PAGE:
Following good stories wherever they lead
When we first meet Nathan, he’s introducing us to his cage.
The shackles hurt, but the animal skins on the floor are nice. Surroundings are picturesque, outside the bars: mountains in the distance. His company — his captor — is less than kind…but whose life is perfect?
How did he get here?
That’s another story.
Nathan is a half-blood witch in a world where there are only two kinds: White and Black. And they don’t mix.
He grows up with his White-blood family, grimly facing down a society that doesn’t want him to exist. Some are allies — his half-siblings, Arran and Deborah, and his gran — but they are exceptions, and subject to the crossfire.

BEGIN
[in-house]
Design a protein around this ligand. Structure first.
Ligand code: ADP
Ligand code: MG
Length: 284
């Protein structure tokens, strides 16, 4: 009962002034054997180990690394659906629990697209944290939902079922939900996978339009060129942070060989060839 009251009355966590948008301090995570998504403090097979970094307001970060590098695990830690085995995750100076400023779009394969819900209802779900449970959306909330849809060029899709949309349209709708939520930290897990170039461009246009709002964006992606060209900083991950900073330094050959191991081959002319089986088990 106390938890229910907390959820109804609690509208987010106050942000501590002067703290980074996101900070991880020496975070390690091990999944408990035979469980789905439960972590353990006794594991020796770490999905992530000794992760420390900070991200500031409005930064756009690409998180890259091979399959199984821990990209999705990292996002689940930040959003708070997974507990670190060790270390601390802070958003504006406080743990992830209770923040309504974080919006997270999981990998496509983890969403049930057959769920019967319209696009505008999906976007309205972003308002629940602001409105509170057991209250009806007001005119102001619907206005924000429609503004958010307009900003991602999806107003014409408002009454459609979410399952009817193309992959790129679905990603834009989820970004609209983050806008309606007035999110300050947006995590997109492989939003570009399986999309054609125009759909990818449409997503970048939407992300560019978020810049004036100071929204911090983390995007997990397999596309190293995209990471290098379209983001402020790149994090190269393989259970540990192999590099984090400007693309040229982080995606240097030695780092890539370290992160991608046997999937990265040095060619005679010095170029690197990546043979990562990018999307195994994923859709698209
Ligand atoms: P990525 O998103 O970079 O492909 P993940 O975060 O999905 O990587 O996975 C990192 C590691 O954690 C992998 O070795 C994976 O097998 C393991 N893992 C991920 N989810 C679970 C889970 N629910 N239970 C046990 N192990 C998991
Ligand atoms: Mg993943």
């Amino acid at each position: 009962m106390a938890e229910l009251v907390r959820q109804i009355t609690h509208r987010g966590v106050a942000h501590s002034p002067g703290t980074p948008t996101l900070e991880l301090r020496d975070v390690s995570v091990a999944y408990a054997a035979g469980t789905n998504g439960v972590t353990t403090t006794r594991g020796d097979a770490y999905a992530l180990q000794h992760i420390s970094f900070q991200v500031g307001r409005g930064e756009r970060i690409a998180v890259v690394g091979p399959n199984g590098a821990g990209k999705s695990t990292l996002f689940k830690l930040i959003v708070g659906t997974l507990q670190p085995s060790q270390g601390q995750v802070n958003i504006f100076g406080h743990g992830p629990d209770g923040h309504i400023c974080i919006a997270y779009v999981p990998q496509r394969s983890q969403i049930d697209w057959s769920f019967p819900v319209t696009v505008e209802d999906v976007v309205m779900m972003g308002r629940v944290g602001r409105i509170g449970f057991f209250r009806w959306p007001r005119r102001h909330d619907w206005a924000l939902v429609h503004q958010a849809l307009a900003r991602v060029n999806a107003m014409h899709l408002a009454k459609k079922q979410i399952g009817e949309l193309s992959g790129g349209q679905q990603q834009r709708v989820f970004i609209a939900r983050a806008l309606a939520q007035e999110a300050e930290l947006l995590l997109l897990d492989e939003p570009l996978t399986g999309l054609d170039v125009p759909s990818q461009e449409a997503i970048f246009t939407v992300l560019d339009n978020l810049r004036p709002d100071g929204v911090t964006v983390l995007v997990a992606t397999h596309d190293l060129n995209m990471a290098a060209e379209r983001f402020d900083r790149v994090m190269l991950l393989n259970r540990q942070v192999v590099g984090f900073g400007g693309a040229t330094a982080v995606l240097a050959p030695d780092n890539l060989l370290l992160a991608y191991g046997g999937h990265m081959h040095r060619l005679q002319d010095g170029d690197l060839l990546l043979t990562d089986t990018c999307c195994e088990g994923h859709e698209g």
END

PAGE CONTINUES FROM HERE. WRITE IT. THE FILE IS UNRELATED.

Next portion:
Nathan has developed many tricks in order to survive. The first is lying to himself. The second is lying to others. The third, the hardest trick, is keeping track of which is which.
His narration is sparse, clipped, and pitch-perfect. He drags you into places you don’t want to be through sheer force and clarity. Wanting, he knows, doesn’t matter after a certain point. Things happen, and begging won’t stop that.
There are few joys in his life, but one is roaming the Welsh countryside, secret and forbidden. Another is thinking of his father — the terrifyingly powerful black witch Marcus — and imagining being reunited. And a third joy, equally shameful: experimenting with magic.
The pacing is tight, with short chapters clipped together in a loose frame, so you’ll find yourself easily reading more than you planned in a sitting. Also, a tip: pay attention to the chapter titles. They matter.
And most of all, pay attention to Nathan, because seeing who he is and what he becomes…that’s a trick you don’t want to miss.